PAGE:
There are 5,424 words in the Lehman Brothers press release today, but the general reaction in the markets seems to be that they’d much rather have action than words. An intent to sell a majority stake in
Neuberger Berman? An engagement with BlackRock to sell a chunk of the UK mortgage portfolio?
And then of course there’s the results: quarterly losses of $5.92 a share, which can’t be good news when your stock closed on Tuesday at $7.79. Doug McIntyre:
The bad news was genuinely bad. Lehman said it is expected to incur negative gross mark-to-market adjustments on assets of ($7.8) billion, including gross negative mark-to-market adjustments of ($5.3) billion on residential mortgage-related positions.
To put a point to it, there was nothing in the news to say that Lehman had done anything material to save its hide. It would still crater and send shareholders under.
And the mainstream press is not being any nicer. Here’s the Grey Lady, in its news report — not an opinion column:
Lehman lost $2.8 billion in the second quarter and was forced to raise $6 billion in new capital. But investors were not placated, and the firm was compelled to explore more extreme measures.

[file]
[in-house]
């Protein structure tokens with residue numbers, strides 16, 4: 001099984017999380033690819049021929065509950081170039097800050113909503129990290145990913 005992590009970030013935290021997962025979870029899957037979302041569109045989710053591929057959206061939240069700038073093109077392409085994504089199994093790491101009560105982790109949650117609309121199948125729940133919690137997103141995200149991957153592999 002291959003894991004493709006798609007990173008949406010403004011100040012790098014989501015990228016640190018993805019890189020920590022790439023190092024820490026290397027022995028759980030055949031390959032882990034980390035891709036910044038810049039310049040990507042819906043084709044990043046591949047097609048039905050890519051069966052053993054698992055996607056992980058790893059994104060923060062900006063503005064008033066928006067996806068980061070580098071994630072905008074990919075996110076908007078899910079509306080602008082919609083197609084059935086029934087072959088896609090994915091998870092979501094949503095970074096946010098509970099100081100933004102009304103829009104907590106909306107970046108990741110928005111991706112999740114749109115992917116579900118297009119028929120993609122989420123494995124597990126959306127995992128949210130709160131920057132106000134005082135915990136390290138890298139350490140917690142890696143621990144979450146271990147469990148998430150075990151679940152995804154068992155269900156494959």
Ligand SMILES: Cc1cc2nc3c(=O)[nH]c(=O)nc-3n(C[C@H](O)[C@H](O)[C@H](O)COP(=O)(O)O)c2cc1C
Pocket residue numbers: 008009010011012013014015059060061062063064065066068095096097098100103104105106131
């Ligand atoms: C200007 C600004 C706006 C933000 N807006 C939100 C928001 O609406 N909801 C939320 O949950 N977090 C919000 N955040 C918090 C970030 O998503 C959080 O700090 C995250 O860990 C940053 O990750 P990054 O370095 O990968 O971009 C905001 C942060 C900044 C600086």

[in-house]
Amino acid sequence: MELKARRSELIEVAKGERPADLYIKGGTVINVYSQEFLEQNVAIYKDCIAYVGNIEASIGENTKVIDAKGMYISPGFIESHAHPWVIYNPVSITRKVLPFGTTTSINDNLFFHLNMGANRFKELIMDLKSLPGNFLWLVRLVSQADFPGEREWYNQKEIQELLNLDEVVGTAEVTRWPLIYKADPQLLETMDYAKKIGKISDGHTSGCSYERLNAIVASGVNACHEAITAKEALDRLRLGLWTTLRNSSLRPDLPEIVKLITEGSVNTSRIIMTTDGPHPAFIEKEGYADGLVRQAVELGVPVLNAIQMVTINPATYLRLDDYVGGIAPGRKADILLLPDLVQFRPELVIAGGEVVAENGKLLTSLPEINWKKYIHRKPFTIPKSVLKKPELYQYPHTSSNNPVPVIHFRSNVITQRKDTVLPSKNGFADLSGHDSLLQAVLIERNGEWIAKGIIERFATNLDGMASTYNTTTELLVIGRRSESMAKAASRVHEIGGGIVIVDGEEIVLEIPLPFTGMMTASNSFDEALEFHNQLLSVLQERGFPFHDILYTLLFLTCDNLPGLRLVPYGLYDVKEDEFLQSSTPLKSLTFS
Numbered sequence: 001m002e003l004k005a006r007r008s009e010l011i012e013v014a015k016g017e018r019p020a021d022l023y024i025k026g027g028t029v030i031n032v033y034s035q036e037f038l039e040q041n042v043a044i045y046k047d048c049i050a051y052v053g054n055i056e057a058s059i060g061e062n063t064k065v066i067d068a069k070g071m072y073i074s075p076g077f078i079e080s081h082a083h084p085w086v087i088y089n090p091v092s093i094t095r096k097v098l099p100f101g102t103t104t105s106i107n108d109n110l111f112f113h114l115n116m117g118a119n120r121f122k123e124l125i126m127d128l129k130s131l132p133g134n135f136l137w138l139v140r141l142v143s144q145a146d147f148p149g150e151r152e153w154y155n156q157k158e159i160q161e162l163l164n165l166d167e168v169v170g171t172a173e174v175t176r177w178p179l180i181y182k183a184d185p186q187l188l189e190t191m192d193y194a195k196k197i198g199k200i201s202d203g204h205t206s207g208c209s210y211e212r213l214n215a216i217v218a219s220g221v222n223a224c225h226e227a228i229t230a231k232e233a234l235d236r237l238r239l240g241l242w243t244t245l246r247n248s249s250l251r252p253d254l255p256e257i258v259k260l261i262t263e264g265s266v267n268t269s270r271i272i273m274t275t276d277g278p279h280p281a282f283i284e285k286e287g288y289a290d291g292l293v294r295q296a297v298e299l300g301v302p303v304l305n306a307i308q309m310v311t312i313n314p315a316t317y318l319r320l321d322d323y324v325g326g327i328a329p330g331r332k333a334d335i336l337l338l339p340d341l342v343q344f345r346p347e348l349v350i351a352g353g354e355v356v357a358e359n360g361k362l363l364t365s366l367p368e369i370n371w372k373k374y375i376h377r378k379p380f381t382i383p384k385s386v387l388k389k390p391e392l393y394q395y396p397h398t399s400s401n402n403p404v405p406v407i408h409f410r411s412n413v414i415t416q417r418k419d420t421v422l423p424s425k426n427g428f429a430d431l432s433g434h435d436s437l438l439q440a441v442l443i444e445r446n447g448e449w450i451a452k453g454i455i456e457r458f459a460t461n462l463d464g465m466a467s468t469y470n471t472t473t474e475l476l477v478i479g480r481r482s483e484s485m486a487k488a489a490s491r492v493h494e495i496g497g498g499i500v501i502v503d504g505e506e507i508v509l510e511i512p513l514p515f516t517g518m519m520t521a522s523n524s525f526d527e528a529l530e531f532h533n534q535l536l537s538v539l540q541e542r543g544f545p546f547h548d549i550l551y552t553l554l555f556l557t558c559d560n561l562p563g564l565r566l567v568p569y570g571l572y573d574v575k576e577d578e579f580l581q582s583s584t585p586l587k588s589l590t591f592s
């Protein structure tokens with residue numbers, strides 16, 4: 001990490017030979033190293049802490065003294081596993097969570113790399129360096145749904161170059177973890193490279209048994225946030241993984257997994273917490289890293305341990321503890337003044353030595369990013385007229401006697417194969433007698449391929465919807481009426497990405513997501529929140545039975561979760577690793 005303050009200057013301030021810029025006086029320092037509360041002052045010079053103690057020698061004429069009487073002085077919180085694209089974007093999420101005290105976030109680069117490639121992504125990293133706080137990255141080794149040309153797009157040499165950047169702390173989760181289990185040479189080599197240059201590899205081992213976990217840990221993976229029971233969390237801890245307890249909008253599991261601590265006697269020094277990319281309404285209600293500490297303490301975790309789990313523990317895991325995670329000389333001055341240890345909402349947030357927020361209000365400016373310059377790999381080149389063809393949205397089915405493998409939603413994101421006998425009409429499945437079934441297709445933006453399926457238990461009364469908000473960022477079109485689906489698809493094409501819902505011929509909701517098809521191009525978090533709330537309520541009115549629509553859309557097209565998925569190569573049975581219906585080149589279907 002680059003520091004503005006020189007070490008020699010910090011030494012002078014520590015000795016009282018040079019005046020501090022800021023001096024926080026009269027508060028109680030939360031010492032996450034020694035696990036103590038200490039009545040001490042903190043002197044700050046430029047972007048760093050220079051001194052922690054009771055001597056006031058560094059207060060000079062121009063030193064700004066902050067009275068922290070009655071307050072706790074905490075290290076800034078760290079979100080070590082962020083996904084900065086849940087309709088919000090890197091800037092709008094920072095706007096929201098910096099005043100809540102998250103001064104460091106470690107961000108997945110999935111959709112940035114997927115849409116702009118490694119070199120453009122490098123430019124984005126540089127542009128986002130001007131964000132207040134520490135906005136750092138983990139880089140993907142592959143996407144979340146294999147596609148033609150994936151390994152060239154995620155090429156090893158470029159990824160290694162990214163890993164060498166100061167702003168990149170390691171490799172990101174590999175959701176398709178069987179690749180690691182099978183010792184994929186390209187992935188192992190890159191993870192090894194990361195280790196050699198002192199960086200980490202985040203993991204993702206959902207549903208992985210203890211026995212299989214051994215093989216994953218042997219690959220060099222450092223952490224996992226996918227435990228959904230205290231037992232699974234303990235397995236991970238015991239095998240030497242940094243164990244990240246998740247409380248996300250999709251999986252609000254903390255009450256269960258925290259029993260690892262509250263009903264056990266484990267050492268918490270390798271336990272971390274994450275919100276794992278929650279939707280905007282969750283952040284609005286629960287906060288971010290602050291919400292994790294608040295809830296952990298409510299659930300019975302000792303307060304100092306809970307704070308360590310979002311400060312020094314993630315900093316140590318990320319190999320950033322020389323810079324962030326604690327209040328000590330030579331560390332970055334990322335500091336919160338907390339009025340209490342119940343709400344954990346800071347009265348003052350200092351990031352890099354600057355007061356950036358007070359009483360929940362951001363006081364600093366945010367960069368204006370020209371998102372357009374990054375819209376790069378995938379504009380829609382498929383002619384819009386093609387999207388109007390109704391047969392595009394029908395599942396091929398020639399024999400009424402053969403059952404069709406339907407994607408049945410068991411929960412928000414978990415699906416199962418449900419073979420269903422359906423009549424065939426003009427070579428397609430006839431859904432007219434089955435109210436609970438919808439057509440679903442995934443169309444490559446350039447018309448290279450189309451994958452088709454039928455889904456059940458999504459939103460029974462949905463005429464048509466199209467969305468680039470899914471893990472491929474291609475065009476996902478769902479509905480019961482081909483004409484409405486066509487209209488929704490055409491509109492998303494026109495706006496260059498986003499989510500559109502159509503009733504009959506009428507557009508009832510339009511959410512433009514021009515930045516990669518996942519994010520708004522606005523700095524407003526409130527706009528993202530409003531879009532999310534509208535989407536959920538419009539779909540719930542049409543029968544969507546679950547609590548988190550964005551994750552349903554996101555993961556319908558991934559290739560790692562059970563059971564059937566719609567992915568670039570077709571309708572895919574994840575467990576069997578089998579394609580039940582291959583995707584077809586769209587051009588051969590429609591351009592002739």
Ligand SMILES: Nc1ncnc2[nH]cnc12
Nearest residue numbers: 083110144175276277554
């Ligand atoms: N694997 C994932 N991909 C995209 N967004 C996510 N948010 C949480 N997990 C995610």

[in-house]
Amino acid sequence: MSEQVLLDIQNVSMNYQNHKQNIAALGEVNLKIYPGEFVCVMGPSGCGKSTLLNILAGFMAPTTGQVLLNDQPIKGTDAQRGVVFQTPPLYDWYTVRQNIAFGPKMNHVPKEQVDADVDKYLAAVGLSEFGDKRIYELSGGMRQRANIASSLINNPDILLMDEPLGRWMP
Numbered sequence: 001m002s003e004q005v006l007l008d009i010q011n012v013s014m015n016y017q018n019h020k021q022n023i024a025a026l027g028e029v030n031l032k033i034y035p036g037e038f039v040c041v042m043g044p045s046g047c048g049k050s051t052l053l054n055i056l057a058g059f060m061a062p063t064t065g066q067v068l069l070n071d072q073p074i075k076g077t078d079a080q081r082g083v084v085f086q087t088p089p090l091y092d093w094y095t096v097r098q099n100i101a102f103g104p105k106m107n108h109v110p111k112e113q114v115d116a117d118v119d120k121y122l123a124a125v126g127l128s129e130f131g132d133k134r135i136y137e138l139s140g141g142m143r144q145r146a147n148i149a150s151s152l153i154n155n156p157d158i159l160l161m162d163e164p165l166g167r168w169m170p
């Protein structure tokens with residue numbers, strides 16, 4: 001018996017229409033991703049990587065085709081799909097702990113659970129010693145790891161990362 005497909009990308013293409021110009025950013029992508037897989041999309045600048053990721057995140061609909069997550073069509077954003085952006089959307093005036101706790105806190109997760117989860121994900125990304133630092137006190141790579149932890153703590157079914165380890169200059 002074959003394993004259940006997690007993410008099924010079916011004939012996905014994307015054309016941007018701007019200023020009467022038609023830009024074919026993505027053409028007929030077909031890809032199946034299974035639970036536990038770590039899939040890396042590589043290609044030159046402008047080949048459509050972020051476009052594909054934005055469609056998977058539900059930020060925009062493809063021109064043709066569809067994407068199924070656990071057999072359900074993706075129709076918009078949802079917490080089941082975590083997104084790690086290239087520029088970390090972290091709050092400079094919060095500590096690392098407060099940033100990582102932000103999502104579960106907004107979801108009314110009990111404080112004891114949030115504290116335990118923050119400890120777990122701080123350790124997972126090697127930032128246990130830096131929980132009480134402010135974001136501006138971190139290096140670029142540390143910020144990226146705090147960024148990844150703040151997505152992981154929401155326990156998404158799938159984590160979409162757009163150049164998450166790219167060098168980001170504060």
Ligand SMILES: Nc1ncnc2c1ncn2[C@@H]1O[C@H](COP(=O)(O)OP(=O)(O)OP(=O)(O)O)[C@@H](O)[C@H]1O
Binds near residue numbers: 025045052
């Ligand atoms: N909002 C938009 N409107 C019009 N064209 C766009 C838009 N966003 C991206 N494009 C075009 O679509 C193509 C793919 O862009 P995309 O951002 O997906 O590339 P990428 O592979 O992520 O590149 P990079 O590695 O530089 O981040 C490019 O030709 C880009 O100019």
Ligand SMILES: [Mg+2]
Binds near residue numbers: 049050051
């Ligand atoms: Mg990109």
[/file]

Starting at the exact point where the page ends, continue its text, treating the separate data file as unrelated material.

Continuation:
Mr. Fuld has replaced virtually every major division head, including the firm’s president and chief financial officer.
During that time he has replaced the global head of fixed income — the division from which most of Lehman’s problems have arisen — twice.
But with every measure taken, Lehman’s stock price has fallen further.
Fuld is now a laughing-stock, which means he’s toast. Here’s the WSJ, live-blogging the conference call:
“This firm has a history of facing adversity and delivering,” Fuld says. Hold music cuts in again. “We will not be distracted from” — hold music yet again! — “client franchise.” We have put in place credible plans, he says.
Obviously, he hasn’t. Come back, Goldman rumors! Only you can save us now!